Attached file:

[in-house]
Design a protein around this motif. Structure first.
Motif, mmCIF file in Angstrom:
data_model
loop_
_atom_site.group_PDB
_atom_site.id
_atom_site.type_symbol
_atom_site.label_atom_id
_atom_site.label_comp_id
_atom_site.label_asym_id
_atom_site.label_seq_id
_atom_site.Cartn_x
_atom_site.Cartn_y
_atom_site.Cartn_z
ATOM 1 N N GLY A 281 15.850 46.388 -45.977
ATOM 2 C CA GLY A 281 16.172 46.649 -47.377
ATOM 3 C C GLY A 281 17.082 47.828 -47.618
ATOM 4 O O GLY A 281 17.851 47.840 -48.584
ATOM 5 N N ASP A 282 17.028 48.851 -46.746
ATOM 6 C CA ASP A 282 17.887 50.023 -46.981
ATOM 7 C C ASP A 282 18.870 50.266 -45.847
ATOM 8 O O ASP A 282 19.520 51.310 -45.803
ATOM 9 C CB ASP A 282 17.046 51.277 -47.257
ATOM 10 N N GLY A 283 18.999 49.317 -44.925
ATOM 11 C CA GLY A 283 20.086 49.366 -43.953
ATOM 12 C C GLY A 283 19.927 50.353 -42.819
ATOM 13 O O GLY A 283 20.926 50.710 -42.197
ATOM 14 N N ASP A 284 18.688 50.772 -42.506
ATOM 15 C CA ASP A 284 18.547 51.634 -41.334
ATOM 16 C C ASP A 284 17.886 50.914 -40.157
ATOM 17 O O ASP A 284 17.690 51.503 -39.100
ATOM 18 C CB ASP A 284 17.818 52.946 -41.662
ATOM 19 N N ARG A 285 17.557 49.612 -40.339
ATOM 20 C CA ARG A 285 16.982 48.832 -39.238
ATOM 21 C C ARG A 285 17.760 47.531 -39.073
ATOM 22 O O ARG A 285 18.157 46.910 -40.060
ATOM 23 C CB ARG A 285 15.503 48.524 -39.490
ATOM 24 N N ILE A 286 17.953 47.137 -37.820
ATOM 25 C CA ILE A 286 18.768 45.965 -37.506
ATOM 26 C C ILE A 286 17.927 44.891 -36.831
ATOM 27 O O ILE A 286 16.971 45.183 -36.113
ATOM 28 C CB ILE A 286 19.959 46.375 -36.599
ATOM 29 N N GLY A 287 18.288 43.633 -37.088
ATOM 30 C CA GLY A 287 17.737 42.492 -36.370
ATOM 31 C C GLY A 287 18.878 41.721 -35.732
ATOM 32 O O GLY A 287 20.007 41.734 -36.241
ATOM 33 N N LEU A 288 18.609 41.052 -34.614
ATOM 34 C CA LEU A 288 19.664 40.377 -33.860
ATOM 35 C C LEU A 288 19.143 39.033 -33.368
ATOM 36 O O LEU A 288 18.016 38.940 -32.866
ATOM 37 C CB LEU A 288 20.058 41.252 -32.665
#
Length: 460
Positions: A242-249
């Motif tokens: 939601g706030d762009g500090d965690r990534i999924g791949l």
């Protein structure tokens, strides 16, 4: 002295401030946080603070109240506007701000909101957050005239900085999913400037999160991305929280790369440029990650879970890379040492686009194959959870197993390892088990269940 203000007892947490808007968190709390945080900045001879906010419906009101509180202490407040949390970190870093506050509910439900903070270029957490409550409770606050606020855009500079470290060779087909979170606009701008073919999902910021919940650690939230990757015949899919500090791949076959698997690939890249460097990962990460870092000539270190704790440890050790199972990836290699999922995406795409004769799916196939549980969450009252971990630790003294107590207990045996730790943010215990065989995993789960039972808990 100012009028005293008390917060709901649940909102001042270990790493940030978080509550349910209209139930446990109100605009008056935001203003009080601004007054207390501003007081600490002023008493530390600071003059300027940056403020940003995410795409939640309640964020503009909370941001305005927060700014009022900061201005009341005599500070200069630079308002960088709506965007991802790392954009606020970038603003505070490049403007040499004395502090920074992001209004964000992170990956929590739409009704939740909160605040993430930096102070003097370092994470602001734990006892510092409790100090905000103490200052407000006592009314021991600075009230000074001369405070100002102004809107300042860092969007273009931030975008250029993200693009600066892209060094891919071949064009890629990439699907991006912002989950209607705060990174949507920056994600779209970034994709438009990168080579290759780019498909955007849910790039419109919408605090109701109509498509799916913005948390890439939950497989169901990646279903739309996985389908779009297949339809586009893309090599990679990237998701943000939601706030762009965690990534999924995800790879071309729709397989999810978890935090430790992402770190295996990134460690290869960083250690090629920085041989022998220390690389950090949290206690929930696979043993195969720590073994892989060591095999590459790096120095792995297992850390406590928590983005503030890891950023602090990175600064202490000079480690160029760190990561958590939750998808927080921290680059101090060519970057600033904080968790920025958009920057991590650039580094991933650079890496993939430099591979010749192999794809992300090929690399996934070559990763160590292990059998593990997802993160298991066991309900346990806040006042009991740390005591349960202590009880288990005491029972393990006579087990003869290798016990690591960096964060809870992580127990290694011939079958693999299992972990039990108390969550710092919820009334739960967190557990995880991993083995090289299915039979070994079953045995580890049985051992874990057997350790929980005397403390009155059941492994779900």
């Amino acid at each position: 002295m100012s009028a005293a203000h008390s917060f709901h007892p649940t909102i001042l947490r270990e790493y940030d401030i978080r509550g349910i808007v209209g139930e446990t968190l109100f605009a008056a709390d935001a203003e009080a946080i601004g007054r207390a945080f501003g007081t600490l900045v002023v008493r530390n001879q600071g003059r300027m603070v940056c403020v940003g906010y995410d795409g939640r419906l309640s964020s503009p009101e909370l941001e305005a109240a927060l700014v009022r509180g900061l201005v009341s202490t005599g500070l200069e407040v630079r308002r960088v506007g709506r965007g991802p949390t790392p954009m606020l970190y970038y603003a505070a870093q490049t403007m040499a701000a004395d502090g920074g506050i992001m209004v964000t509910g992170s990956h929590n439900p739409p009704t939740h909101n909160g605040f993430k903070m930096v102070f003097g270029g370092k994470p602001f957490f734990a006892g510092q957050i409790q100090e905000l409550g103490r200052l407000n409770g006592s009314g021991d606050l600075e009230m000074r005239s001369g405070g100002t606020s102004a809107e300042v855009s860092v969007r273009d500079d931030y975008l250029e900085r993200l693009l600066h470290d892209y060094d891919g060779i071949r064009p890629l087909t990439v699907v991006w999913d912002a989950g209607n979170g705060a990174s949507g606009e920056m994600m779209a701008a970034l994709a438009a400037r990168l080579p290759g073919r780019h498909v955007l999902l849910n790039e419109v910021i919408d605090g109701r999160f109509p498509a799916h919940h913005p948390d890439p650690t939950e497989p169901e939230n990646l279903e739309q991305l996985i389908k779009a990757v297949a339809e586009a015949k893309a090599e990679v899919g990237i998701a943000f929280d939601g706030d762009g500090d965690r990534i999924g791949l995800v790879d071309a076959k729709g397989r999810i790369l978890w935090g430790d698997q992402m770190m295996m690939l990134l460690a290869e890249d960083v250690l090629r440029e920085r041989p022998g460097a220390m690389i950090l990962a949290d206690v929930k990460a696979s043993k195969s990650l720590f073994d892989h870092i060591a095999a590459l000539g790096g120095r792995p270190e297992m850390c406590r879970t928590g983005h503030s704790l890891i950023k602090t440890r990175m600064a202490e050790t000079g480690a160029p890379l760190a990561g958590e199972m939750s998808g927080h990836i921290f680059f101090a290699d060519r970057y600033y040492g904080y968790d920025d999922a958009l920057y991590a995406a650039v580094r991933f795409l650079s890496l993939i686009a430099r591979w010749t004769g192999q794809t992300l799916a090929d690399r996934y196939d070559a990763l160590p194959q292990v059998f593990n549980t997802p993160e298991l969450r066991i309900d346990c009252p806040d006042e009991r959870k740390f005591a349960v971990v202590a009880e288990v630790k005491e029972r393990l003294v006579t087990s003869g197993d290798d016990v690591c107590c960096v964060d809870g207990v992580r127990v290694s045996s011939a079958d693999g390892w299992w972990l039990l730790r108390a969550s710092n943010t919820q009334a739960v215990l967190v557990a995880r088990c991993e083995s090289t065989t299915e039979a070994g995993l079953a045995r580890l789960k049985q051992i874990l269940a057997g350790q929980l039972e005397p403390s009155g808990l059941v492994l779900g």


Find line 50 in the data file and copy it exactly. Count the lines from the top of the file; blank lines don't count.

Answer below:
ATOM 35 C C LEU A 288 19.143 39.033 -33.368